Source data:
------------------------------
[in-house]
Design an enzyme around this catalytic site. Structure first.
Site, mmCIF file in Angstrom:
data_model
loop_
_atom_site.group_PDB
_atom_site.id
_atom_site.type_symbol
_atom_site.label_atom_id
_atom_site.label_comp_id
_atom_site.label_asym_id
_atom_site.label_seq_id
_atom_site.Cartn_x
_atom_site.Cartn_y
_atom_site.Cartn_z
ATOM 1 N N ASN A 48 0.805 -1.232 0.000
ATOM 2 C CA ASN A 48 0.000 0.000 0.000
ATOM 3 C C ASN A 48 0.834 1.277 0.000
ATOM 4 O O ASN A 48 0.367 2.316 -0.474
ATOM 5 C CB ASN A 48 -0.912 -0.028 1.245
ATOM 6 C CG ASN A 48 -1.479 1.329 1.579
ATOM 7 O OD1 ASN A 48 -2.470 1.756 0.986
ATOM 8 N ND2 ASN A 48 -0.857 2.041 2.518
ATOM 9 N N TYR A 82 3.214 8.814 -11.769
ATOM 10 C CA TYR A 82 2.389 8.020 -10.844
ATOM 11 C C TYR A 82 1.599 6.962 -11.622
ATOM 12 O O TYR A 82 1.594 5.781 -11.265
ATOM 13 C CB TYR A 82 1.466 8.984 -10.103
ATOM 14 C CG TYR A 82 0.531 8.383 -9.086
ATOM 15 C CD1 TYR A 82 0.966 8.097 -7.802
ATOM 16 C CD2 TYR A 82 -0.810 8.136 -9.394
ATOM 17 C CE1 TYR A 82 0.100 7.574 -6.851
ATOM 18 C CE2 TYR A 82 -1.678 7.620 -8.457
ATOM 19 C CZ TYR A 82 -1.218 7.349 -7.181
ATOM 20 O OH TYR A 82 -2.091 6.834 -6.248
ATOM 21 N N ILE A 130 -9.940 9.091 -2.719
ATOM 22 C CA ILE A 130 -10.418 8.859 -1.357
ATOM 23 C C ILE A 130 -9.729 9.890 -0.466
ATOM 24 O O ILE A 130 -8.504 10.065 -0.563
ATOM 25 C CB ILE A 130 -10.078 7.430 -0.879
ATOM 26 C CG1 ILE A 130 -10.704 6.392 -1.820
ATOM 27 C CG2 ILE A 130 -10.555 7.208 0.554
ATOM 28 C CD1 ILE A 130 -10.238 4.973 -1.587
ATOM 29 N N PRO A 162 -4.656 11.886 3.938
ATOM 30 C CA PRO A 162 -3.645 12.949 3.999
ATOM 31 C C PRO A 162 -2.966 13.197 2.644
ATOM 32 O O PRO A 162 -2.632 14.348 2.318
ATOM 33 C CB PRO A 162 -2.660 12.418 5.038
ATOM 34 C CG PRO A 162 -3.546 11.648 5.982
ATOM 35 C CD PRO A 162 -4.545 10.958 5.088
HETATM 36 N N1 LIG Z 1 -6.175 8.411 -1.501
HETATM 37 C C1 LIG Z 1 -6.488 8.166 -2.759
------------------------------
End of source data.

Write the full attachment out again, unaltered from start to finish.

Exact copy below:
[in-house]
Design an enzyme around this catalytic site. Structure first.
Site, mmCIF file in Angstrom:
data_model
loop_
_atom_site.group_PDB
_atom_site.id
_atom_site.type_symbol
_atom_site.label_atom_id
_atom_site.label_comp_id
_atom_site.label_asym_id
_atom_site.label_seq_id
_atom_site.Cartn_x
_atom_site.Cartn_y
_atom_site.Cartn_z
ATOM 1 N N ASN A 48 0.805 -1.232 0.000
ATOM 2 C CA ASN A 48 0.000 0.000 0.000
ATOM 3 C C ASN A 48 0.834 1.277 0.000
ATOM 4 O O ASN A 48 0.367 2.316 -0.474
ATOM 5 C CB ASN A 48 -0.912 -0.028 1.245
ATOM 6 C CG ASN A 48 -1.479 1.329 1.579
ATOM 7 O OD1 ASN A 48 -2.470 1.756 0.986
ATOM 8 N ND2 ASN A 48 -0.857 2.041 2.518
ATOM 9 N N TYR A 82 3.214 8.814 -11.769
ATOM 10 C CA TYR A 82 2.389 8.020 -10.844
ATOM 11 C C TYR A 82 1.599 6.962 -11.622
ATOM 12 O O TYR A 82 1.594 5.781 -11.265
ATOM 13 C CB TYR A 82 1.466 8.984 -10.103
ATOM 14 C CG TYR A 82 0.531 8.383 -9.086
ATOM 15 C CD1 TYR A 82 0.966 8.097 -7.802
ATOM 16 C CD2 TYR A 82 -0.810 8.136 -9.394
ATOM 17 C CE1 TYR A 82 0.100 7.574 -6.851
ATOM 18 C CE2 TYR A 82 -1.678 7.620 -8.457
ATOM 19 C CZ TYR A 82 -1.218 7.349 -7.181
ATOM 20 O OH TYR A 82 -2.091 6.834 -6.248
ATOM 21 N N ILE A 130 -9.940 9.091 -2.719
ATOM 22 C CA ILE A 130 -10.418 8.859 -1.357
ATOM 23 C C ILE A 130 -9.729 9.890 -0.466
ATOM 24 O O ILE A 130 -8.504 10.065 -0.563
ATOM 25 C CB ILE A 130 -10.078 7.430 -0.879
ATOM 26 C CG1 ILE A 130 -10.704 6.392 -1.820
ATOM 27 C CG2 ILE A 130 -10.555 7.208 0.554
ATOM 28 C CD1 ILE A 130 -10.238 4.973 -1.587
ATOM 29 N N PRO A 162 -4.656 11.886 3.938
ATOM 30 C CA PRO A 162 -3.645 12.949 3.999
ATOM 31 C C PRO A 162 -2.966 13.197 2.644
ATOM 32 O O PRO A 162 -2.632 14.348 2.318
ATOM 33 C CB PRO A 162 -2.660 12.418 5.038
ATOM 34 C CG PRO A 162 -3.546 11.648 5.982
ATOM 35 C CD PRO A 162 -4.545 10.958 5.088
HETATM 36 N N1 LIG Z 1 -6.175 8.411 -1.501
HETATM 37 C C1 LIG Z 1 -6.488 8.166 -2.759